Pandora is selling about a million songs a month through affiliate links to ITunes and Amazon, according to an article in Techcrunch. About 20% of those million songs are downloaded through their very successful iPhone app, which was the number one most often downloaded iPhone app for 2008. At a buck a piece, Pandora is generating $1million in music downloads a month! (That’s total revenue, not their portion of the sales, which is some share of that.)
Playing with a little hypothetical math, Techcrunch goes on to figure that Pandora is 1% of the streaming radio marketplace. Say all of streaming radio could generate paid song downloads at that rate, making the revenue $1.2 billion a year. Add to that the fact that Pandora says that anyone who buys one song is good for 3 to 5 more. So let’s just multiply that $1.2b by 3 to be conservative. That’s a $3.6 billion dollar a year revenue model. “Why play such a hypothetical?”, says Techcrunch…” Well because the total recorded music industry revenue last year was only $4.6 billion.”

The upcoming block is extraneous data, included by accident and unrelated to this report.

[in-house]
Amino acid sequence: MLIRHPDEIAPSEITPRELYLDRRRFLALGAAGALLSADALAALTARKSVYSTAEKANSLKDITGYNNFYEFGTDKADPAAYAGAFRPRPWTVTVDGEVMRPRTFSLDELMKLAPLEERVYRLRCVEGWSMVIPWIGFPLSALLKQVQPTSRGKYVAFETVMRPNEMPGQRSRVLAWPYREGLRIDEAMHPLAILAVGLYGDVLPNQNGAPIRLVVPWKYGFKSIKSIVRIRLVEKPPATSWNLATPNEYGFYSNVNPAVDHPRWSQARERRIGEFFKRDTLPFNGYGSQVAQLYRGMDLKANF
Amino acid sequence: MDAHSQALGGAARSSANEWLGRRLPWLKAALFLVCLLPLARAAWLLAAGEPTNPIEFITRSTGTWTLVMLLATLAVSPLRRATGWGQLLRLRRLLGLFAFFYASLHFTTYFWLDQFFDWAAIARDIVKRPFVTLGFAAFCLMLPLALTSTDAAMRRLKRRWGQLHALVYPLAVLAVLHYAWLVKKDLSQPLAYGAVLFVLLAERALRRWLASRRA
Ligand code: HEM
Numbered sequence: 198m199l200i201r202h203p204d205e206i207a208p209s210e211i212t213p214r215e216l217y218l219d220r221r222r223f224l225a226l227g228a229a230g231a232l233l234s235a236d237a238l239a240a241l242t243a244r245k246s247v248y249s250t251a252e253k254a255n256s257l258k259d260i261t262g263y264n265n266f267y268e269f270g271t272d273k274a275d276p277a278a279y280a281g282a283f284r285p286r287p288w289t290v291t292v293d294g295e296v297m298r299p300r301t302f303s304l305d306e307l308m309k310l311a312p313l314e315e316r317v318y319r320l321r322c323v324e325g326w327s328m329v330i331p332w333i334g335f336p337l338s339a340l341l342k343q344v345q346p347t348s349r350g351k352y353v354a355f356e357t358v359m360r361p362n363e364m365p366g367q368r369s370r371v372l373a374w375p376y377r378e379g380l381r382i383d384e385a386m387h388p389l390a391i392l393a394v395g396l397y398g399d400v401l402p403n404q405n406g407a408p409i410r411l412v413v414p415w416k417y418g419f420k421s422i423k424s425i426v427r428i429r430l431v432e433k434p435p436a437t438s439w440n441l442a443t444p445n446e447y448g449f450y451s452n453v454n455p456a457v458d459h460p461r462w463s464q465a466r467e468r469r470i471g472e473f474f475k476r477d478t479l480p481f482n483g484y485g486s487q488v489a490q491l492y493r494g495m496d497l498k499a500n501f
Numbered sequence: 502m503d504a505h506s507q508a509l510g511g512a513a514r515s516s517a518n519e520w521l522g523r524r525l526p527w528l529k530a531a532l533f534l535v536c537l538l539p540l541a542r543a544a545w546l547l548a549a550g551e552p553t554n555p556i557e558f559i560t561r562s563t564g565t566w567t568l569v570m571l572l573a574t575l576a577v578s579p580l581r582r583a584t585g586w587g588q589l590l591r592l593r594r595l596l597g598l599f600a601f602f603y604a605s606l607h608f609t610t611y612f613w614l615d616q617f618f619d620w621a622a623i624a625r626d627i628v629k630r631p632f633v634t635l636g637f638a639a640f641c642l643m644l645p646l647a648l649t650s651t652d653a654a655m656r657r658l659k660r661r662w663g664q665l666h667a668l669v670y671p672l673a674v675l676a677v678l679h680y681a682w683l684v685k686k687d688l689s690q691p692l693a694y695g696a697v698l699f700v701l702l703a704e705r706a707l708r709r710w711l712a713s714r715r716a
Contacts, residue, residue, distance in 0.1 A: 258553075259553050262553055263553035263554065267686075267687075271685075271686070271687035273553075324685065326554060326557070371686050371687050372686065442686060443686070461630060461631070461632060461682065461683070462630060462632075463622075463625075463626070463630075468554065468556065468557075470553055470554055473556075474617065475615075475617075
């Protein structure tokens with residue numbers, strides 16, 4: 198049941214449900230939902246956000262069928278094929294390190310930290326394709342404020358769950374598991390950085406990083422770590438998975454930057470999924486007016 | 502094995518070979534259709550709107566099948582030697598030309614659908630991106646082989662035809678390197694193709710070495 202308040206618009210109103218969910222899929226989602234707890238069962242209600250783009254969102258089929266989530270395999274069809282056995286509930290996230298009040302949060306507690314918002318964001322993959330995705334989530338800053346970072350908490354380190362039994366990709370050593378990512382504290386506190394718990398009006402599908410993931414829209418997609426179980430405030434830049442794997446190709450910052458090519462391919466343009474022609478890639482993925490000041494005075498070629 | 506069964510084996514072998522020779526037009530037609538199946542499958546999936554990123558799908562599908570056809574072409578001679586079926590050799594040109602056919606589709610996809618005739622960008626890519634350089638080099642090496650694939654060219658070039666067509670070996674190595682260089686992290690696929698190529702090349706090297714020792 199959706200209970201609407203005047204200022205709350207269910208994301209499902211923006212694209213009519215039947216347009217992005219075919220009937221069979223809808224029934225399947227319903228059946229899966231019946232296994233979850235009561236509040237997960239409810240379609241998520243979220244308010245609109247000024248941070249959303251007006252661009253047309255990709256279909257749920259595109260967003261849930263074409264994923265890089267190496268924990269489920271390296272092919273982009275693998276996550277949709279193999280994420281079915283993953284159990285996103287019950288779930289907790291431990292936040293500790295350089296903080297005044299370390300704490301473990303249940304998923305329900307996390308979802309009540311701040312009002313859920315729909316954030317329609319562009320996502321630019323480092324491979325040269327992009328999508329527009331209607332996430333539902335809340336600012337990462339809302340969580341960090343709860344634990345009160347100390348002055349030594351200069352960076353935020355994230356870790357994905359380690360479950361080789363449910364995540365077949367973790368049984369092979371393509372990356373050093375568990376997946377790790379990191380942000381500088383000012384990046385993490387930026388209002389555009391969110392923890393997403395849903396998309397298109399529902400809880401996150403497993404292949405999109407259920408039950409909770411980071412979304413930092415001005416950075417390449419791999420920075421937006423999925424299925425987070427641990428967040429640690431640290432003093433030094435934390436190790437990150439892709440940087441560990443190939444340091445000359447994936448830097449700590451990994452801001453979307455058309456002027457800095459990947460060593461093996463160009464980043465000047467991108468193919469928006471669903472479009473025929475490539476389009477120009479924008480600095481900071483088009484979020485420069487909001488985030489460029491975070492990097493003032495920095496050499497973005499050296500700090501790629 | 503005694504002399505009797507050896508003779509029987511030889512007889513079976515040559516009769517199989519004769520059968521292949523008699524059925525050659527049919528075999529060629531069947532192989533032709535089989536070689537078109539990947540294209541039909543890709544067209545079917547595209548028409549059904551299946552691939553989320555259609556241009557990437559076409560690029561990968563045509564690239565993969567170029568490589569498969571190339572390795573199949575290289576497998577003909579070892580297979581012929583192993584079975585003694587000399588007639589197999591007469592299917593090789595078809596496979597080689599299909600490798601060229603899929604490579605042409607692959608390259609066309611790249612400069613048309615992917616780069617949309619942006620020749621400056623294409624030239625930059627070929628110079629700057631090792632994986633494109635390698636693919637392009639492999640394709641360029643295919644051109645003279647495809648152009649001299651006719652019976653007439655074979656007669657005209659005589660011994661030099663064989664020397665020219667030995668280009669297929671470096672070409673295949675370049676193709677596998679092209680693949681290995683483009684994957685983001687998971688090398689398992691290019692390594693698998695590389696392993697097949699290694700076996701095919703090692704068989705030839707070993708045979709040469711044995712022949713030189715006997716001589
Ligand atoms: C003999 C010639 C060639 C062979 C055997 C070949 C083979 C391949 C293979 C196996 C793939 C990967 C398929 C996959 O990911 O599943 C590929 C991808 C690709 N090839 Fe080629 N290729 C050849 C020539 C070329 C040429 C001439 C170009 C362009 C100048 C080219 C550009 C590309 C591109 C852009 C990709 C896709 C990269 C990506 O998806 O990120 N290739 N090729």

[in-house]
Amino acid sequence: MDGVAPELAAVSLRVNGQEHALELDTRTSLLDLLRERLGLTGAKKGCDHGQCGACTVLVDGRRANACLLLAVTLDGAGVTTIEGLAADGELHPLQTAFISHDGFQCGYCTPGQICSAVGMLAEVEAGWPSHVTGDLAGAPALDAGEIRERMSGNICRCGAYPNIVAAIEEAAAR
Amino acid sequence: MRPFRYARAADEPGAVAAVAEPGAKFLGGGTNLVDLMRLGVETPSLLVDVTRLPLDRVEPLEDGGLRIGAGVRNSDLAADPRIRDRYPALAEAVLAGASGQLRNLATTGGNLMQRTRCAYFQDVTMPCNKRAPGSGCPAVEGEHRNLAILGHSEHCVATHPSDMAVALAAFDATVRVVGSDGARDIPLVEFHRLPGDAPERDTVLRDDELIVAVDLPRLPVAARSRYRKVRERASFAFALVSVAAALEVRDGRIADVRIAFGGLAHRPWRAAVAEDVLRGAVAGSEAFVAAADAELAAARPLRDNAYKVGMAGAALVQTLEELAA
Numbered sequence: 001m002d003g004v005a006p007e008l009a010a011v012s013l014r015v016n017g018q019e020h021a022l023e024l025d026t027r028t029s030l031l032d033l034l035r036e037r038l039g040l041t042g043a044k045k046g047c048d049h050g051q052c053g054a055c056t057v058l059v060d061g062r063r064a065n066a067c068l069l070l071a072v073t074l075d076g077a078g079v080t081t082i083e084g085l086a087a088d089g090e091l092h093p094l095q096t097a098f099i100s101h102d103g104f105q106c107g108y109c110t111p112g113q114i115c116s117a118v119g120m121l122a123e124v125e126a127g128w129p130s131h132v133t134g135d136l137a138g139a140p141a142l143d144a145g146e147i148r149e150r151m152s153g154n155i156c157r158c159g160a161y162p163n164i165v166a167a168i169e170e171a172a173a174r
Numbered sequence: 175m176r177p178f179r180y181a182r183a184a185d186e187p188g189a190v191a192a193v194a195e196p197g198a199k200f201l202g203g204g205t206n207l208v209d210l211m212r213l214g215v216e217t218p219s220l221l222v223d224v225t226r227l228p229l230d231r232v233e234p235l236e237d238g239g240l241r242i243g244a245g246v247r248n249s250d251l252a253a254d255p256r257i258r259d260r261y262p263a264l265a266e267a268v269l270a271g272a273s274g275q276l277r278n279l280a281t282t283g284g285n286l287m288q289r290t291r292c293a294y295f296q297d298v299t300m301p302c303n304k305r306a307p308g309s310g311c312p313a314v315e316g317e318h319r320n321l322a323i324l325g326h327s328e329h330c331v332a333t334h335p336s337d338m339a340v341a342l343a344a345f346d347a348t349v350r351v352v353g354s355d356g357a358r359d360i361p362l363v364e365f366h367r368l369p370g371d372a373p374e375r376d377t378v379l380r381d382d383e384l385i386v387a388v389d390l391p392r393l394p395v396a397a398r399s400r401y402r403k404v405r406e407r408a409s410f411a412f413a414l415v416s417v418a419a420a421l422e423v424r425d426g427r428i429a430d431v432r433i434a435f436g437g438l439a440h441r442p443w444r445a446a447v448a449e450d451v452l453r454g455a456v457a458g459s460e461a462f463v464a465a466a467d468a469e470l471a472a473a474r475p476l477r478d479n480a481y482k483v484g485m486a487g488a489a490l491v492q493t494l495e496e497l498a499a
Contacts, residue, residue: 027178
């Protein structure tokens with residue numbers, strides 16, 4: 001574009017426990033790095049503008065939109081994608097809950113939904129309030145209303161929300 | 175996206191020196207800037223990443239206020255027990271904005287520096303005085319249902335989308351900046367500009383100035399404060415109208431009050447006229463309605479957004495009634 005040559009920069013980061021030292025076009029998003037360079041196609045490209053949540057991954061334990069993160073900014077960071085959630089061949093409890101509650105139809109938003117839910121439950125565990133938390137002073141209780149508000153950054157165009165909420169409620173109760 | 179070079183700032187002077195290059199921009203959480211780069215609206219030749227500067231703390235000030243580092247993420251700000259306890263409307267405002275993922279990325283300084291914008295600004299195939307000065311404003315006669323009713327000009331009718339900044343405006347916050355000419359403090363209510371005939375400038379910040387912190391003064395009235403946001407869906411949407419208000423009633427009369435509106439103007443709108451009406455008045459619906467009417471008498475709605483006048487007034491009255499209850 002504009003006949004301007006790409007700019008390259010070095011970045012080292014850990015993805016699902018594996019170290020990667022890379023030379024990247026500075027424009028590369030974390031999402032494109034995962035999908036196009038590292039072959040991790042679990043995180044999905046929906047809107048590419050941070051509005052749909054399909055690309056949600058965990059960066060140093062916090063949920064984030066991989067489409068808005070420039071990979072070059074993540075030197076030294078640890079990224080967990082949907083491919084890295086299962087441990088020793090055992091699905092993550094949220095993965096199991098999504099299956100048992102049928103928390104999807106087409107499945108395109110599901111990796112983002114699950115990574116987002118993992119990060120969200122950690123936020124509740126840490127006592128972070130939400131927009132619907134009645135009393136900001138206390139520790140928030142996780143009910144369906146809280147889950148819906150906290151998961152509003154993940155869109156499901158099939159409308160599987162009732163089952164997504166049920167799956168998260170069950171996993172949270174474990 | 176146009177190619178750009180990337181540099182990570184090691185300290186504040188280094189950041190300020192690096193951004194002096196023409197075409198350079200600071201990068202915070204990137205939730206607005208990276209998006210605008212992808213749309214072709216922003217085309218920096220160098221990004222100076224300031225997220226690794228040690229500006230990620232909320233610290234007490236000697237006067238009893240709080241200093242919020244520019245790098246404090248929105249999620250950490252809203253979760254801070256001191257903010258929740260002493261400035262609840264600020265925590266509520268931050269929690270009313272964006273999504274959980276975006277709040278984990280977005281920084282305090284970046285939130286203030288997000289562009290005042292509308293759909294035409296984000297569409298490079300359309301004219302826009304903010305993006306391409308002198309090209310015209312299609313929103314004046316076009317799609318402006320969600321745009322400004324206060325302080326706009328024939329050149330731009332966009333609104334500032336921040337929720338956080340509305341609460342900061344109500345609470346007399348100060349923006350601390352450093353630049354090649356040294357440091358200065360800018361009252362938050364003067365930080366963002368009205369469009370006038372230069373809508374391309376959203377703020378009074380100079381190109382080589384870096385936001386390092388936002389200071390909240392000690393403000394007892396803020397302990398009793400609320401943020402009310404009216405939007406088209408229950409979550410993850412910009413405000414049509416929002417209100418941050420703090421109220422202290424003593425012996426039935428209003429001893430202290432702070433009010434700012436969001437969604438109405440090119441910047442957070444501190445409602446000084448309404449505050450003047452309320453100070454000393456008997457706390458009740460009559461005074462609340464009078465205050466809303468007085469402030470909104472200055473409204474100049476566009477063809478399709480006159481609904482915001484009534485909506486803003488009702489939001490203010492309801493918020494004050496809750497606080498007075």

There are a few qualifiers that should be mentioned in this fun little exercise. Such as the fact that Pandora is a music discovery site extraordinaire. They’re exceptionally well designed for music discovery, so it’s a stretch to assume all of streaming radio could inspire as many song purchases.
Another point is that I’m not at all sure they’re just 1% of the streaming radio marketplace. I wouldn’t be surprised at all if their audience size is greater than 1% of the streaming universe, or at least the measured one.
Qualifiers aside, this is a fun exercise in considering the positive impact that streaming radio could have on the music industry. Web and mobile affiliate links on streaming stations, when done in a way that makes it easy for the listener, can be big business. Stations should be working hard to make sure their platform – web and mobile – promotes and optimizes affiliate music sales as an additional revenue stream.